Every Dress: Silver Screen to Mainstream Exhibition at Chicago History Museum
By Amanda Harth
The Silver Screen to Mainstream exhibition shares the story of a perspective in fashion that often gets lost in history. The exhibit explores the influences of fashion in film during the 1930s and 1940s. The garments on display are stunning examples of how the looks transitioned from exclusive designs for Hollywood’s elite actresses to being accessible by the public. During the 1930s and 1940s Chicago was a city at the forefront of industrialization with an abundance of affluent residents. Many of the garments shown at this exhibition were owned by citizens of Chicago who were from multiple economical classes including a piece worn by one of the daughters of The Goodman (Theatre) family for her 18th birthday.
None of the women that wore these gowns were famous actresses or singers, but like many women they wanted to look glamorous and be adorned, look like a celebrity. Remember, this was during The Great Depression, imagine women feeling how they feel today and times that by five. Many of them had nothing and used whatever they had to keep up appearances. At the beginning of the 1930’s 80 million people attended the picture show paying five cents for four hours of films. By the 1940’s that dropped to 50 million people attending the movies every year. Budgets were cut and costume designers at this time realized it wasn’t enough to design for the movies anymore and they took their designs mainstream. The costume designer Howard Geer was one of the first to take this route prior to the stock market crash in 1927. Greer left Paramount to open his own couturier operation in Hollywood, California to offer his designs to more customers.
Gowns made by Adrian, Howard Greer, Chanel, and Schiaparelli were all on display throughout the space. There were is a solid array of dresses on display with lovely embellishments beading, feathers, silks, furs, and velvet. We turned the corner and there was this dress. There was no designer name attached and in fact this dress was considered to be created for a common woman of the lower class. It was the shade of chocolate and placed in front of a section in the exhibit that segway into the mainstream dresses. It had the classic 1942 dress silhouette with squared shoulders, short loose sleeves, and hit right at the knee. The longer I looked at the dress the more details appeared and her personality started to come out. This woman was beautiful. She was a hard worker that made the best out of her circumstances. Like many women she played it small because she didn’t want to offend or make her male counterparts feel less than. She was a smart woman who loved glamour and took care of her things. The curator Virginia Heaven listed this “common” dress as one of her favorites.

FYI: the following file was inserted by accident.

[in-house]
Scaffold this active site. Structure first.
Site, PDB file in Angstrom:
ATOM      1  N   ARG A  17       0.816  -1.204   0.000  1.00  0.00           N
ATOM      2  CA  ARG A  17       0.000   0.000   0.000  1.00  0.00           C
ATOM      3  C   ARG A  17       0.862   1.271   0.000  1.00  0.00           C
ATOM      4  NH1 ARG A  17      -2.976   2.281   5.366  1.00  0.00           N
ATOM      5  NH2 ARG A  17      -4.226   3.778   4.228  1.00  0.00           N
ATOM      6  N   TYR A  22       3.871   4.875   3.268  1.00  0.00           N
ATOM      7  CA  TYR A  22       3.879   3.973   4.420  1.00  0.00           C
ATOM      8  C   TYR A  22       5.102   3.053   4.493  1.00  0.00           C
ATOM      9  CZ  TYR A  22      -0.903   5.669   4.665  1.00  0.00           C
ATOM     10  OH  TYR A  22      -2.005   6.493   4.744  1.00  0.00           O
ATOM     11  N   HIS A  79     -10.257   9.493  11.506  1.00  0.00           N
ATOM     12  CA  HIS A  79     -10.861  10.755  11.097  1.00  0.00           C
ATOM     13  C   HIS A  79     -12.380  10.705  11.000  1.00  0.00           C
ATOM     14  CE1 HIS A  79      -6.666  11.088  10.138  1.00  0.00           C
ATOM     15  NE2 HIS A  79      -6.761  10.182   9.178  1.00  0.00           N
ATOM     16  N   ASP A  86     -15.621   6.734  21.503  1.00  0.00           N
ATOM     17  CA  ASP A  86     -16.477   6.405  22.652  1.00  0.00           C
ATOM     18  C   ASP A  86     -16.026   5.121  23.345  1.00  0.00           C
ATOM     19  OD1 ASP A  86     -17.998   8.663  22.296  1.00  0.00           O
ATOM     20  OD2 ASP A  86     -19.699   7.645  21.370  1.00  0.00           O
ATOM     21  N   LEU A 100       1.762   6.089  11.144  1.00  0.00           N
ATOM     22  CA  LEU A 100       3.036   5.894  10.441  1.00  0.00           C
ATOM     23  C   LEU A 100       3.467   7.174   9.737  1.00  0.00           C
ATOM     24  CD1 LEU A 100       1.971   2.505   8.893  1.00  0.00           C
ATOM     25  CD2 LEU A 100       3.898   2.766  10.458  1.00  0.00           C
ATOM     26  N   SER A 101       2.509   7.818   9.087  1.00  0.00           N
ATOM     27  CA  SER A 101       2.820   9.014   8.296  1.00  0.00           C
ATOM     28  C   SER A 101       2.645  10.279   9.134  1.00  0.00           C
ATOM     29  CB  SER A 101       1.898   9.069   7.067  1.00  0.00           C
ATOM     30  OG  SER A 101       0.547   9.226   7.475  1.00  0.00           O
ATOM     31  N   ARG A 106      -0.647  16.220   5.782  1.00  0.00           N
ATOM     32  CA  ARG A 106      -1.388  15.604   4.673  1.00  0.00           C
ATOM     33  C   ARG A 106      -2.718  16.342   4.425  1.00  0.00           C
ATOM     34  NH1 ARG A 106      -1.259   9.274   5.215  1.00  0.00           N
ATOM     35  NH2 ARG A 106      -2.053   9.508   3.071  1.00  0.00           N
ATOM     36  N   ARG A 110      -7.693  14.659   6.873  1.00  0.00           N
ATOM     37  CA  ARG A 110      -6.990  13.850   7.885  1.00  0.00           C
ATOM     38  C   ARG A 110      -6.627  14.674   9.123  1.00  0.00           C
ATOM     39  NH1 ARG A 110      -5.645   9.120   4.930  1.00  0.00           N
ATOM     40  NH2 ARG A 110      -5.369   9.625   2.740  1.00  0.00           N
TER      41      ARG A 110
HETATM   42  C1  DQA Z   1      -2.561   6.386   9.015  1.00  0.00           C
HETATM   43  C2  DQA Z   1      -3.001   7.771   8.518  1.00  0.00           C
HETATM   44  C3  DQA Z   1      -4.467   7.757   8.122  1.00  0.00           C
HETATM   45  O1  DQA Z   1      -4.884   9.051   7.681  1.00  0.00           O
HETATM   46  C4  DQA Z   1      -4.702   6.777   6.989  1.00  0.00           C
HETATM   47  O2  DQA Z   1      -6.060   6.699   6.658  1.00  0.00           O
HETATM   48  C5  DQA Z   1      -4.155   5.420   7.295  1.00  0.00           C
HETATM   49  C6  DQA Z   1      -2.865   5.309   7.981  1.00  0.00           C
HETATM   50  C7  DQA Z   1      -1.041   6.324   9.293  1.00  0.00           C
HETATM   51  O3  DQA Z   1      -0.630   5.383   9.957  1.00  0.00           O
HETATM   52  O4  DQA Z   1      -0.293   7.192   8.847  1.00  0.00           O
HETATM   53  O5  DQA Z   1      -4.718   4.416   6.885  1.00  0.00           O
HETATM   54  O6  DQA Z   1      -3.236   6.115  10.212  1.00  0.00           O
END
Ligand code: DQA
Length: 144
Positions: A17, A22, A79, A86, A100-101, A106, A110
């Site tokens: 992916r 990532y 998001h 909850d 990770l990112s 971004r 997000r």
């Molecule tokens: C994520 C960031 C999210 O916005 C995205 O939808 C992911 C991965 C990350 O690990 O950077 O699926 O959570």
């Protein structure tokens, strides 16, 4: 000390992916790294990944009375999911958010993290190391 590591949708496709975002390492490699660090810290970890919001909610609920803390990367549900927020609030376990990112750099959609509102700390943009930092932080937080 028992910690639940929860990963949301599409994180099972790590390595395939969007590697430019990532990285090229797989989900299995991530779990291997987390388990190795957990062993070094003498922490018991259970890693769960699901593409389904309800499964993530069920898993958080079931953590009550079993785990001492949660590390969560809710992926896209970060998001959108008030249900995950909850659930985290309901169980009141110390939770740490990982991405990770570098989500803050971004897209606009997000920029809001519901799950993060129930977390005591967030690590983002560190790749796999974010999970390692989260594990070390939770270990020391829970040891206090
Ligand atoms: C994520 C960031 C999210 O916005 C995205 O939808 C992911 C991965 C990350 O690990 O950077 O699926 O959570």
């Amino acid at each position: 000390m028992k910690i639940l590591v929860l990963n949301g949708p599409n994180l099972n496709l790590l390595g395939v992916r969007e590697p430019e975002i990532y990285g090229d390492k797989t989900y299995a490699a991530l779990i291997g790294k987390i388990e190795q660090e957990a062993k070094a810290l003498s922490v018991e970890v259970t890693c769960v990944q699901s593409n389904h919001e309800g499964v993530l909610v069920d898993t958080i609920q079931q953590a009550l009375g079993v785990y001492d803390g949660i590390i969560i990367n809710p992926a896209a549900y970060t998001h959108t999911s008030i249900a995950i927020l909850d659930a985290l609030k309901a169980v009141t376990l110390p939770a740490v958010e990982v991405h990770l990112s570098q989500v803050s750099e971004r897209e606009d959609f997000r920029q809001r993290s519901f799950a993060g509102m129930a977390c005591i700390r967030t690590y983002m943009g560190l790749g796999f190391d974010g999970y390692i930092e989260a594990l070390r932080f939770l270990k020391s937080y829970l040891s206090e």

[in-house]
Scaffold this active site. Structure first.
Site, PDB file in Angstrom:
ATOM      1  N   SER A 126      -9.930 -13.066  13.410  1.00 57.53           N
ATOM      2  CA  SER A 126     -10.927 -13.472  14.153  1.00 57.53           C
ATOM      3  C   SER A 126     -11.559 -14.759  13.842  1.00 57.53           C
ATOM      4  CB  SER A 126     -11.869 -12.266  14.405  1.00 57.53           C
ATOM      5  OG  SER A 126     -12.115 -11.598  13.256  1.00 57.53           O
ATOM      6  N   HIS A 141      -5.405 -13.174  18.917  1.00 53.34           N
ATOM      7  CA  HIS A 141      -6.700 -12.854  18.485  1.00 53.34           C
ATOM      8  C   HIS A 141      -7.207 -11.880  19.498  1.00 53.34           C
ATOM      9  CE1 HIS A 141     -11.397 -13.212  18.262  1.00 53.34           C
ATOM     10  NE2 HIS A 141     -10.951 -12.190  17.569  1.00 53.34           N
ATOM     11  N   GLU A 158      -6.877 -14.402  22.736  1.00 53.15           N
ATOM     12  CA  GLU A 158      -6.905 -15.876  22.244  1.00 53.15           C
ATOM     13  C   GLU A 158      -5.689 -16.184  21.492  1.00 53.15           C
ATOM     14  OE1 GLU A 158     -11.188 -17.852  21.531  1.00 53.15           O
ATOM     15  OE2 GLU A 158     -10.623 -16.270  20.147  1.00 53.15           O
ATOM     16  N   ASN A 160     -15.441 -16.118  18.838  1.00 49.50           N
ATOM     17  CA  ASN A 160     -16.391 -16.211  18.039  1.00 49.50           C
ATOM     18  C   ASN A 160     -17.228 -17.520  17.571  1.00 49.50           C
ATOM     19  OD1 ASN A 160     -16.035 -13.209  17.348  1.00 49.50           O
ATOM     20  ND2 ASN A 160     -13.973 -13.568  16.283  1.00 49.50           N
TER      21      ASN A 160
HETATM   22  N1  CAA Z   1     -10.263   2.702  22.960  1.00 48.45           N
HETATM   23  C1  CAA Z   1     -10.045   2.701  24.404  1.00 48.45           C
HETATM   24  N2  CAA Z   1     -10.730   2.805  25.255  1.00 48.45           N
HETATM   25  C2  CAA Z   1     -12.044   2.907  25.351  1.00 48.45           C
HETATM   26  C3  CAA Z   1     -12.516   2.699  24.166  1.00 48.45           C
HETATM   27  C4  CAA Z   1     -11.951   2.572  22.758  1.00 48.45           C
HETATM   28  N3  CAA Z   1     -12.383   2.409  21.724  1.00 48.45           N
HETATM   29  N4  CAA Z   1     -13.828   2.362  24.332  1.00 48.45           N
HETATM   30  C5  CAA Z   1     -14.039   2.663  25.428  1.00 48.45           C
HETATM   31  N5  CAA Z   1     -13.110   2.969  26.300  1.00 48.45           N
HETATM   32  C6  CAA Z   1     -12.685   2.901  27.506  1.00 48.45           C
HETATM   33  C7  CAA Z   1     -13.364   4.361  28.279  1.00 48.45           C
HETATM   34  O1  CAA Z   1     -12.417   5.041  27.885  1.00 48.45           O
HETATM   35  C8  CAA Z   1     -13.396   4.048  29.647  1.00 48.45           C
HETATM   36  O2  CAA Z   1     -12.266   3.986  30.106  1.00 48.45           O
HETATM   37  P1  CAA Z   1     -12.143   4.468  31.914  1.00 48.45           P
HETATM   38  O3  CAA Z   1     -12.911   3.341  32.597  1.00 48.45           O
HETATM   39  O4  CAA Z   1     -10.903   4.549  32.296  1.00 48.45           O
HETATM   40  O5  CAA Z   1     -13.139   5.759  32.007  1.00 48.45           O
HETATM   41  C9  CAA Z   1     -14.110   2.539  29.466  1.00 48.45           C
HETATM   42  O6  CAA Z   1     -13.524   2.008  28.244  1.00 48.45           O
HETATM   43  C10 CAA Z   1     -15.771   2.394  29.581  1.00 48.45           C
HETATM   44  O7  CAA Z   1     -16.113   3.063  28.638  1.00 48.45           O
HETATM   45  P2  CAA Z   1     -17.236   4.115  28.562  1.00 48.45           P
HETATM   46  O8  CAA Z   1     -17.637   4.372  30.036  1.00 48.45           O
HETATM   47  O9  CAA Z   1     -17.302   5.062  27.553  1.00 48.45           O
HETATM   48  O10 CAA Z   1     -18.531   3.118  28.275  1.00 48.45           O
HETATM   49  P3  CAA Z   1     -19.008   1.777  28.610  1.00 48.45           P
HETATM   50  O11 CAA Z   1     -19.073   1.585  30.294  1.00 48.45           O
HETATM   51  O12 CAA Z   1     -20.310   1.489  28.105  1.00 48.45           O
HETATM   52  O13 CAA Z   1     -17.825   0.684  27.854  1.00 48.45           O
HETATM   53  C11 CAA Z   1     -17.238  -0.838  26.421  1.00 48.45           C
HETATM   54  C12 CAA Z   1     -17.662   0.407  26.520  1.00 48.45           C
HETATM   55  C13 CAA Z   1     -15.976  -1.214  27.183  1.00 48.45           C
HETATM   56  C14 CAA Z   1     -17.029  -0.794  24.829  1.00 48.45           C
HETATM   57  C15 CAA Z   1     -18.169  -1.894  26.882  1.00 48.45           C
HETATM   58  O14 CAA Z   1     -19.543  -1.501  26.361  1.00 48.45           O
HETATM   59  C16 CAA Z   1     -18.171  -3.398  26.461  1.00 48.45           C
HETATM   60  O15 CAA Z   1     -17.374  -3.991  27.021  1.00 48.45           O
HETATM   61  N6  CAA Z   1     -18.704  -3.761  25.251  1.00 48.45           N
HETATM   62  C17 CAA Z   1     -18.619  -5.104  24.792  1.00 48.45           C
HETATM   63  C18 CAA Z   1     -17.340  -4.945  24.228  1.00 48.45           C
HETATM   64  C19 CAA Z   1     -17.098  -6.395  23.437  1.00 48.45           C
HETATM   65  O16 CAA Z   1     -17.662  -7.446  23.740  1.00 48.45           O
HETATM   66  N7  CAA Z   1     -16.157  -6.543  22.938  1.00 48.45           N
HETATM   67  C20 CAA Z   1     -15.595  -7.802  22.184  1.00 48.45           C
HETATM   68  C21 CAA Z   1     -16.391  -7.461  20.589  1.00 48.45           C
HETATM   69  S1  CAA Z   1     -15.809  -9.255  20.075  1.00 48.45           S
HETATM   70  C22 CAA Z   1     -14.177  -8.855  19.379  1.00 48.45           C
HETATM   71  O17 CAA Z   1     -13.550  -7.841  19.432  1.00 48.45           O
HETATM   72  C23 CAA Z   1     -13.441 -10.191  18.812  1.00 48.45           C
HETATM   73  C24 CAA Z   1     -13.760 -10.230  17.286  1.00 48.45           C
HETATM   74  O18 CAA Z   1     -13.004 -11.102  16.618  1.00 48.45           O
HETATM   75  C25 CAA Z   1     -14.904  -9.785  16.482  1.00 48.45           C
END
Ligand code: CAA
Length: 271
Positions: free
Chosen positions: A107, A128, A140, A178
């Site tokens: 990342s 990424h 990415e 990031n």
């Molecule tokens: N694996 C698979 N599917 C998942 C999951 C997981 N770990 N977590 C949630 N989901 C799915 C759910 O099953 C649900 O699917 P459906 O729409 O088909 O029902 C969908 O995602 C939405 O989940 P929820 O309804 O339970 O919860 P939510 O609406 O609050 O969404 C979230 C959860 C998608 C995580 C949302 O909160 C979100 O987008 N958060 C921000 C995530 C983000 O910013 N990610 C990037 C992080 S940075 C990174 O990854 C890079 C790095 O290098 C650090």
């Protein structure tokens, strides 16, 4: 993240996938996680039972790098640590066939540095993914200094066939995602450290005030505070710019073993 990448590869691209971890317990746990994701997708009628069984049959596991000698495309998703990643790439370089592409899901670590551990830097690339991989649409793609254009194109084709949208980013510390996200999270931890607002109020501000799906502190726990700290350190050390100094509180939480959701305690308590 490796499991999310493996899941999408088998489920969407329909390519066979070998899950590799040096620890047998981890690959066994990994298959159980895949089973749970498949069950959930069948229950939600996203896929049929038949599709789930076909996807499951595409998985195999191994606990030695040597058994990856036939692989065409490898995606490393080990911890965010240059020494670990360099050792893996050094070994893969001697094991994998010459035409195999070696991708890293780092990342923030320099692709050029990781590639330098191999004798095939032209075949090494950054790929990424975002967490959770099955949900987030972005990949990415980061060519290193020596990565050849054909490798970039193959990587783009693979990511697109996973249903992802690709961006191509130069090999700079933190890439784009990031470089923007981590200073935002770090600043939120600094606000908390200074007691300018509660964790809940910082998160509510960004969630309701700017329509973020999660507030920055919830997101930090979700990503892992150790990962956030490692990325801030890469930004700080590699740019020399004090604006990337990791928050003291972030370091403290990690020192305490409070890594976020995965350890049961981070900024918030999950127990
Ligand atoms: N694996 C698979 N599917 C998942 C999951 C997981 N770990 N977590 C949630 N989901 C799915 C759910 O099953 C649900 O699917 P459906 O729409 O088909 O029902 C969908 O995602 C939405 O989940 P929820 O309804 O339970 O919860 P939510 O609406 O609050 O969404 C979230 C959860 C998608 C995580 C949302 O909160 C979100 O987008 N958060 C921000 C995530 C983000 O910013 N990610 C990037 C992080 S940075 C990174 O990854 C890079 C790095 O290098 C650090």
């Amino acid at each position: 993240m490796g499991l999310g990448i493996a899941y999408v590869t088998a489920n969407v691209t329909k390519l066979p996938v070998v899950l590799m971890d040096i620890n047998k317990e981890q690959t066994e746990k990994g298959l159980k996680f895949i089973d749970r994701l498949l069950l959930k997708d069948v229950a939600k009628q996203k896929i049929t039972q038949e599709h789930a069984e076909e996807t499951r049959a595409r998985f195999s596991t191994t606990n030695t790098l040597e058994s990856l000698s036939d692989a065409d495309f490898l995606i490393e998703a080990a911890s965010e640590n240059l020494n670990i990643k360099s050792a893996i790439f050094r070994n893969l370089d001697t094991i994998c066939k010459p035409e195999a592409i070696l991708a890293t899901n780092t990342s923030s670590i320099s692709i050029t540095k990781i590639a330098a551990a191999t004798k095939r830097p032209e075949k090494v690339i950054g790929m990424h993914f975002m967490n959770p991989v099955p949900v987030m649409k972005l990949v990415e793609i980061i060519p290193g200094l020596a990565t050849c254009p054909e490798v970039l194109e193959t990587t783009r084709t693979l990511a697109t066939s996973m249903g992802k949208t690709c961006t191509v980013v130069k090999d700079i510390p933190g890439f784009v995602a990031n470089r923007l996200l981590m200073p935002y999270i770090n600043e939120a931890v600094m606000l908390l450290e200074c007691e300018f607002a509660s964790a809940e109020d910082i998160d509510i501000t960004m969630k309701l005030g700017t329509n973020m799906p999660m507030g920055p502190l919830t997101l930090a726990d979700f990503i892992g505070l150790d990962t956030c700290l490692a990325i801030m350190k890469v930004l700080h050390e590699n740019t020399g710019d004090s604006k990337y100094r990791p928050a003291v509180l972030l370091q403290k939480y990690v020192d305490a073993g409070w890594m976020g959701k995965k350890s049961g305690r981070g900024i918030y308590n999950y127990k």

Majority of the gowns had never been seen in an exhibition, ever. Director of Curatorial Affairs, Charles Bethea, expressed a little disappointment over one Chanel dress not making it to the exhibit due to the 80 hours of work needed to prepare the dress for display.The curators somehow brought the total gown display count down from 150 to 30 dresses currently on display in the exhibit. Again these dresses have never been on display before and I’m sure you can imagine the work that goes into preparing each dress or items to be on display. Every dress on display has had its day and every piece was successfully displayed as a powerful representation of that time.
The exhibit is open to the public on Monday, April 8th and will be up until January 21,2020. For more information on the exhibition and programming click the link below: